Running to Ease Social Anxiety

3 reasons it worked for me

Nicole Linke
Published in
5 min readFeb 17, 2020


Photo by Hunter Bryant on Unsplash

When I was 21 years old, I started running, and it was purely for physical reasons. I wanted to lose fat. Of course, everyone knows that exercise does wonders for your health, but that didn’t matter to me at that point. On a scale of 1–10, my self-esteem was a solid -5, and I couldn’t care less about the health of my body. I just wanted to look good for others.

Little did I know that running had the power to change my life.

When I started running, I was a loner and suffered from an intense fear of people. I couldn’t point to a single activity I was good at.

Today I am confident about my abilities. I can hold a conversation. I can go out with friends and enjoy myself thoroughly.

Running was the catalyst for me to turn my life around.

Here are three reasons why.

Improved self-esteem

How do you increase self-esteem? By doing things that make you feel good about yourself. For me running was “that thing.” I went from not being able to run for longer than ten minutes to running almost daily and completing several marathons.

My fitness improved, and so did my self — esteem.

With every drop of sweat I left on the trail, I left a piece of the insecure me behind. With each kilometer added to my weekly mileage, my trust in my capabilities grew.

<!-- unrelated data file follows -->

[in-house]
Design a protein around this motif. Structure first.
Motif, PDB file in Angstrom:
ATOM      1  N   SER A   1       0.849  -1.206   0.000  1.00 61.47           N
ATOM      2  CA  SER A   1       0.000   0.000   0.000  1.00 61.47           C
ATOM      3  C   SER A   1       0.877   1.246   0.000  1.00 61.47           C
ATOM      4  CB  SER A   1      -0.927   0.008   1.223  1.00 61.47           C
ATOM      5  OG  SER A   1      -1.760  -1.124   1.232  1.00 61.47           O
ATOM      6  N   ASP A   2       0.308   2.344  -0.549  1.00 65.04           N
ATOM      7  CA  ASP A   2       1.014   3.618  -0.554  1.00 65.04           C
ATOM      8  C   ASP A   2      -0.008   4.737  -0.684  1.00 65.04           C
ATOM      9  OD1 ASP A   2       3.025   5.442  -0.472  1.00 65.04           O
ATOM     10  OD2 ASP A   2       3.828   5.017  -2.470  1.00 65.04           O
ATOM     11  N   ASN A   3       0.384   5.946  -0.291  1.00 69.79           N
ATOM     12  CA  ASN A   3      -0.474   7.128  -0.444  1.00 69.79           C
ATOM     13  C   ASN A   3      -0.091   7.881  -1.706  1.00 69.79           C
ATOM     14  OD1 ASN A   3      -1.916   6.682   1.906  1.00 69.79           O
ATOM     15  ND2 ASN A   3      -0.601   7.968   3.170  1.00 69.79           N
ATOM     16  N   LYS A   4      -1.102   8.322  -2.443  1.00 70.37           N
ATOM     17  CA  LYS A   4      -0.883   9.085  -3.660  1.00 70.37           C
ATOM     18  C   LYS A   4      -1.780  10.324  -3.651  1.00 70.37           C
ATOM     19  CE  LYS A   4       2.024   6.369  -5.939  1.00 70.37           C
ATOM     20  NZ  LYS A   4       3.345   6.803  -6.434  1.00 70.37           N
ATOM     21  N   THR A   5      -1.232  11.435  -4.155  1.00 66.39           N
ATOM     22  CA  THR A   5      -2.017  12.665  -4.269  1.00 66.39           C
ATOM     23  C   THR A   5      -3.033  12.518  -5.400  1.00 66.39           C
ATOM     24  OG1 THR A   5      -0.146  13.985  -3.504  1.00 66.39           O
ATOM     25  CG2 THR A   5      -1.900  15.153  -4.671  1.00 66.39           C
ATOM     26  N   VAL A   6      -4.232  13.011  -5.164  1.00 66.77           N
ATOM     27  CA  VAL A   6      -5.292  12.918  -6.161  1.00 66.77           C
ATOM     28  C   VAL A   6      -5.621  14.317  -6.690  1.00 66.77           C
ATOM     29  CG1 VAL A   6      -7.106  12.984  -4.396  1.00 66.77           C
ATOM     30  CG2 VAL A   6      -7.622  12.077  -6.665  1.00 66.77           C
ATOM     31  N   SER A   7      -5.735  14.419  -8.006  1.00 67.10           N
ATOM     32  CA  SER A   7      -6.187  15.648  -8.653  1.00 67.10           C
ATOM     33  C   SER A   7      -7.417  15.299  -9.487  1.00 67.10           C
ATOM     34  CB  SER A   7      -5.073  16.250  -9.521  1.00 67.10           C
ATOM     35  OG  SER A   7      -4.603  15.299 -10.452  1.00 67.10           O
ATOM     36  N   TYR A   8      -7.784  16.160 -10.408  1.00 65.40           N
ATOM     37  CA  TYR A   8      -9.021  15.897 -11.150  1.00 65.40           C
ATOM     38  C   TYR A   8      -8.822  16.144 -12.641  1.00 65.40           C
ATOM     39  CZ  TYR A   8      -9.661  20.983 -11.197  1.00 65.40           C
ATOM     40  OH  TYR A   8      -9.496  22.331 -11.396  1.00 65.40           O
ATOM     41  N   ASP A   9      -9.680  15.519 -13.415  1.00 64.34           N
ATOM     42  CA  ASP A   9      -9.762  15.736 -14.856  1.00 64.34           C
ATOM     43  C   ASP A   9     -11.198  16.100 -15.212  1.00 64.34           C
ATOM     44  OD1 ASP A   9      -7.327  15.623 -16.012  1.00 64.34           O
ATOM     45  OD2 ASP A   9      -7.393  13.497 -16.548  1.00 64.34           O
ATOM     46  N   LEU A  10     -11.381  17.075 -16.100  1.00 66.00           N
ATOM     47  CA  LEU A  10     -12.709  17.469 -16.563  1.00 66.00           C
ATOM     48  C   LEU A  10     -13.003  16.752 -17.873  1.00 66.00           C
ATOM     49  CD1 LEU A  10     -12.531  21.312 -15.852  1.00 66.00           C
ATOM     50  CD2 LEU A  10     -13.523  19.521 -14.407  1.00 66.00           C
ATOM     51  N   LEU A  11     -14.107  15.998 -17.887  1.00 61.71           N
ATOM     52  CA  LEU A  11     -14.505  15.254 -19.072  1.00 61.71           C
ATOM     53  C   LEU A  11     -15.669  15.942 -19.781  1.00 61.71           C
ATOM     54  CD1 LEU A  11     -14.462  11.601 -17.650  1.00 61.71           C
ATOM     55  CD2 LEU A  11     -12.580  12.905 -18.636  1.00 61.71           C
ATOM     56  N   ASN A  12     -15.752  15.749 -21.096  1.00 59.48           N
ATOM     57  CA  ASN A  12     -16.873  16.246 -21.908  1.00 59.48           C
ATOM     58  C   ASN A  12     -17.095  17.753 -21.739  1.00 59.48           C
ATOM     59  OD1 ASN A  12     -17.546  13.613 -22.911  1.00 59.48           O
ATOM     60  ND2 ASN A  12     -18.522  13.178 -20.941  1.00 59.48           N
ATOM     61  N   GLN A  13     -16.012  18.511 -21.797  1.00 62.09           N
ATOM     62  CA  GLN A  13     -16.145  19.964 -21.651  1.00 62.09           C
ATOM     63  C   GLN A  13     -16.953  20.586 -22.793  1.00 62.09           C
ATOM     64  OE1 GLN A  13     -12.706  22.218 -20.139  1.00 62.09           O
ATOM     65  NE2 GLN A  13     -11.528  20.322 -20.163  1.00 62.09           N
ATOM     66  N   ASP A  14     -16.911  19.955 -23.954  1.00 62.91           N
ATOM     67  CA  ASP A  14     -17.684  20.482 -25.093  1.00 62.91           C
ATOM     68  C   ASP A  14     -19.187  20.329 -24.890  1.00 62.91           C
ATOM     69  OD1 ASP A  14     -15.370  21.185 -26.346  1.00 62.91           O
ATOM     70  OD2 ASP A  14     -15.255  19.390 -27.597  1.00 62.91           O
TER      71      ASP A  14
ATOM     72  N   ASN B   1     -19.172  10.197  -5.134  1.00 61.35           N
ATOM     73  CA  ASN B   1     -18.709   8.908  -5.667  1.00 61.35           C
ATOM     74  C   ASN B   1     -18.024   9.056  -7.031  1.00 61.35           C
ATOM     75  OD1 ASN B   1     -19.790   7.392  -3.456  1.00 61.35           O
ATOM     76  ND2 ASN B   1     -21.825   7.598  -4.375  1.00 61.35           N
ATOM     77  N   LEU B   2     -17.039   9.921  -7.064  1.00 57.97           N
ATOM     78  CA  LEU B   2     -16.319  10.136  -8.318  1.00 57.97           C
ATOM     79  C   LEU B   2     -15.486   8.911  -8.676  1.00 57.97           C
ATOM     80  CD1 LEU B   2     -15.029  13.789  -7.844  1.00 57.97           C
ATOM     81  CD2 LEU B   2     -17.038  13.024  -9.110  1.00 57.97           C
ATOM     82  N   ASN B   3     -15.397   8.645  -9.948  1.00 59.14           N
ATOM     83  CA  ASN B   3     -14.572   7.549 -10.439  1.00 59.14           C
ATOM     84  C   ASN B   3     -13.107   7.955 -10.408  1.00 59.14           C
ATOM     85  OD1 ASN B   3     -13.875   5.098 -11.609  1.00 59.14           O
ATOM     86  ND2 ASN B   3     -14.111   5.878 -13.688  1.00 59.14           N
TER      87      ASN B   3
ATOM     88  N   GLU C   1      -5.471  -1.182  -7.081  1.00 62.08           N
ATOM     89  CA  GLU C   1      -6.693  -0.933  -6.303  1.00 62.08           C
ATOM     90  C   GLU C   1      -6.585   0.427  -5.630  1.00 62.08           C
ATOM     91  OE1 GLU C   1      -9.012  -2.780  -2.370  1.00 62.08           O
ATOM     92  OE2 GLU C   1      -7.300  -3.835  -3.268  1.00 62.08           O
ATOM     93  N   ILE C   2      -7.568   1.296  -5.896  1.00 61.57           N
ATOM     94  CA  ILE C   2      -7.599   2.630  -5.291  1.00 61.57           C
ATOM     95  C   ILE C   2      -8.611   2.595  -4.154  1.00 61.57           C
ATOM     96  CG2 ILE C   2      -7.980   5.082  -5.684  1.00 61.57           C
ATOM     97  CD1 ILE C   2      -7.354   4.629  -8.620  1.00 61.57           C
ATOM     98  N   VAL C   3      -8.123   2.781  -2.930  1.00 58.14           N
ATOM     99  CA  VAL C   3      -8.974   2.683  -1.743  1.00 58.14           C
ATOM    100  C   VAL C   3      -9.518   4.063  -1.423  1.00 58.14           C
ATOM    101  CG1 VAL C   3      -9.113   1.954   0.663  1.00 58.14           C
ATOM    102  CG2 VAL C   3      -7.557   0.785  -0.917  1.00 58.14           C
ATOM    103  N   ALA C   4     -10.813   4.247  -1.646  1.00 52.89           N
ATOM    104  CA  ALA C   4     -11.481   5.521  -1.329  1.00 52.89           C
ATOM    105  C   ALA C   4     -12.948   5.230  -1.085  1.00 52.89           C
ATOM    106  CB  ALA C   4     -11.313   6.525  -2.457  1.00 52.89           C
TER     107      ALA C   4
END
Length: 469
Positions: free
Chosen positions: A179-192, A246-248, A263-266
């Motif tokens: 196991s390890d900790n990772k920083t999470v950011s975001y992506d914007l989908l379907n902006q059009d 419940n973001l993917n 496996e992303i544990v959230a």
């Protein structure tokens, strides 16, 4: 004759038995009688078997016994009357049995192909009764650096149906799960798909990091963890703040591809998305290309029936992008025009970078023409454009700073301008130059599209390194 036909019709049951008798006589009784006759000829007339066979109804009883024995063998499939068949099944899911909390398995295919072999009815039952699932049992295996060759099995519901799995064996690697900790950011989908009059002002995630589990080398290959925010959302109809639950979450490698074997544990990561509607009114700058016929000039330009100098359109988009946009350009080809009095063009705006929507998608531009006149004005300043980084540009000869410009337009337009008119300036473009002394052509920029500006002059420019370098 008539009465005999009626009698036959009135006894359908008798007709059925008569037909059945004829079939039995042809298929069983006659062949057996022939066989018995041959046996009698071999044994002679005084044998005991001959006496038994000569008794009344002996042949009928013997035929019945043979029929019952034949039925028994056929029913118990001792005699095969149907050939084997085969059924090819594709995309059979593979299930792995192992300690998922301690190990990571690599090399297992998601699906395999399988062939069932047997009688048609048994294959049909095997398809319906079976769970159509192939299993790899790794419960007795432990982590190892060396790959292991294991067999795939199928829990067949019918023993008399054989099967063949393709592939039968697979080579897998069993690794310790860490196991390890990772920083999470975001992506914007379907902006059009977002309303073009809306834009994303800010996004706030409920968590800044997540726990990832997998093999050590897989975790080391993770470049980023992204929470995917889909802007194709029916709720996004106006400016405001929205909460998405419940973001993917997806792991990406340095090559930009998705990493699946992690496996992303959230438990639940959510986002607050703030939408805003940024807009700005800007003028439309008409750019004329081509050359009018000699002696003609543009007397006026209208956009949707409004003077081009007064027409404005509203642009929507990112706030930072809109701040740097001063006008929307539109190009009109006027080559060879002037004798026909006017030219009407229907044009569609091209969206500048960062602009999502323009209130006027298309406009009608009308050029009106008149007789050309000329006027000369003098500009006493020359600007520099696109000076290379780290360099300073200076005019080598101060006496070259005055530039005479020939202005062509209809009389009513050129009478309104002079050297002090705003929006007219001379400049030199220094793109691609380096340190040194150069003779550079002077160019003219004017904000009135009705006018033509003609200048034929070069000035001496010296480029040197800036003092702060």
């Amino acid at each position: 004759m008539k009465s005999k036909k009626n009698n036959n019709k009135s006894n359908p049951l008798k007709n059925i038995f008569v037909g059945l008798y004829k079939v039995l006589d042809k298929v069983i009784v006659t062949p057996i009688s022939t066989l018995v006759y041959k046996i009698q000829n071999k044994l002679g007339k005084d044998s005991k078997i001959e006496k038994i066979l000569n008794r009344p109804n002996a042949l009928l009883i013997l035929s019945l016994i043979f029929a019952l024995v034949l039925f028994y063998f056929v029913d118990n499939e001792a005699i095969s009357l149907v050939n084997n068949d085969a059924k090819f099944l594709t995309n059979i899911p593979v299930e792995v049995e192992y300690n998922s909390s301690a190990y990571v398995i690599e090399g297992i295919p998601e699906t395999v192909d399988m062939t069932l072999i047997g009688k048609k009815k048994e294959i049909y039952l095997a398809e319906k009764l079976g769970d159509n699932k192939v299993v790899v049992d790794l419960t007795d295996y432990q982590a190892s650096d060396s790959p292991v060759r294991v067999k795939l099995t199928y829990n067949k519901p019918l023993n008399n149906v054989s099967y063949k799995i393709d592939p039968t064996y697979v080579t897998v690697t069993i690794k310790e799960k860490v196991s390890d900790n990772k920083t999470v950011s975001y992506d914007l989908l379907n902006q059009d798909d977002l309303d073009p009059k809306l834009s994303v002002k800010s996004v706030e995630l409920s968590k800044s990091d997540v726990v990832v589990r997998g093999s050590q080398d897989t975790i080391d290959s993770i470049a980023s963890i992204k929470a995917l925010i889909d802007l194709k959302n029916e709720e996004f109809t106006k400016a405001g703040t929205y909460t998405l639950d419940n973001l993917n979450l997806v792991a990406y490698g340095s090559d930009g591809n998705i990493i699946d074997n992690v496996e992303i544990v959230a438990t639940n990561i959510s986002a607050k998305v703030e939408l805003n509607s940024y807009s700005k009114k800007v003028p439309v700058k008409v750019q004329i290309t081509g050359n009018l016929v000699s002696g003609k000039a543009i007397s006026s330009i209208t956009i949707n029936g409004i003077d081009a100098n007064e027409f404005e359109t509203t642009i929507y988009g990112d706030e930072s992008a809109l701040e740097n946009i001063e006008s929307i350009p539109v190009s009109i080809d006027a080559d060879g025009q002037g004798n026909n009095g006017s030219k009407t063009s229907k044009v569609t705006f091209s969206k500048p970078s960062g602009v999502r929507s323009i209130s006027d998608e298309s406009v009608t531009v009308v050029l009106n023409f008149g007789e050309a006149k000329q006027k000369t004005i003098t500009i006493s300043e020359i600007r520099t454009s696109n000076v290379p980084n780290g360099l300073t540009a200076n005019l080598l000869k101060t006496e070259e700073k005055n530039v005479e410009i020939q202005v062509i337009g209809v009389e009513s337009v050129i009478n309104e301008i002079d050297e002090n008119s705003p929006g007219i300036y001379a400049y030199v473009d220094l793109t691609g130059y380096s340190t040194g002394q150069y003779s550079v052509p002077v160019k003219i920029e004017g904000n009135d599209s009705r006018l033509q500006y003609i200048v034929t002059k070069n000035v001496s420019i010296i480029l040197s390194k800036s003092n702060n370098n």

Feelings of pride crept in.

I knew that I was in charge. My achievements were not dependent on other people. Only I was responsible for how much work I put in. How much I ran. How far I ran.

Most importantly, no one had the right to judge if I was good enough. No one assigned a grade to my running anymore. In school, physical education was the subject where all of your classmates knew how you performed.

And everyone knew I sucked.

I was laughed at, ridiculed, and of course, always the last to be chosen to join a team. Intense anxiety was a constant companion. How often I skipped school when PE was on the schedule, I don’t remember. It was enough to cause the remark “in danger of failing” to appear on my school report. Every year…



Nicole Linke
Invisible Illness

I talk about developing strength in body and mind. | Ultrarunner | Ultrarunning Coach | Newsletter: